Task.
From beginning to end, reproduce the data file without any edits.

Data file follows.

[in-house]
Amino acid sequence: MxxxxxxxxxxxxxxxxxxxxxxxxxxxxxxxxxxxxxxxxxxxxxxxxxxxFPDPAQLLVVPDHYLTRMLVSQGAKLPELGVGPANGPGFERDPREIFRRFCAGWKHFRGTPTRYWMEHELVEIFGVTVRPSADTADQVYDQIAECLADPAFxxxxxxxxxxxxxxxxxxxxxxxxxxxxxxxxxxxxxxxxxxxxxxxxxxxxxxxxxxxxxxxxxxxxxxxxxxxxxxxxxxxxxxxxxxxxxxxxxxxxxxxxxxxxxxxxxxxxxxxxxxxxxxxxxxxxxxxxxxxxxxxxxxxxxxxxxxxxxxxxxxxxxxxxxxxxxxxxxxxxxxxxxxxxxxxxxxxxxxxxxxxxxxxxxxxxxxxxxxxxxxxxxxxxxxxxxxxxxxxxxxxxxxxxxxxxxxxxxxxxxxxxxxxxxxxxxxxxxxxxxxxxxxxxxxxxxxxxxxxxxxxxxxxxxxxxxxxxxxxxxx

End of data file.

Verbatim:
[in-house]
Amino acid sequence: MxxxxxxxxxxxxxxxxxxxxxxxxxxxxxxxxxxxxxxxxxxxxxxxxxxxFPDPAQLLVVPDHYLTRMLVSQGAKLPELGVGPANGPGFERDPREIFRRFCAGWKHFRGTPTRYWMEHELVEIFGVTVRPSADTADQVYDQIAECLADPAFxxxxxxxxxxxxxxxxxxxxxxxxxxxxxxxxxxxxxxxxxxxxxxxxxxxxxxxxxxxxxxxxxxxxxxxxxxxxxxxxxxxxxxxxxxxxxxxxxxxxxxxxxxxxxxxxxxxxxxxxxxxxxxxxxxxxxxxxxxxxxxxxxxxxxxxxxxxxxxxxxxxxxxxxxxxxxxxxxxxxxxxxxxxxxxxxxxxxxxxxxxxxxxxxxxxxxxxxxxxxxxxxxxxxxxxxxxxxxxxxxxxxxxxxxxxxxxxxxxxxxxxxxxxxxxxxxxxxxxxxxxxxxxxxxxxxxxxxxxxxxxxxxxxxxxxxxxxxxxxxxx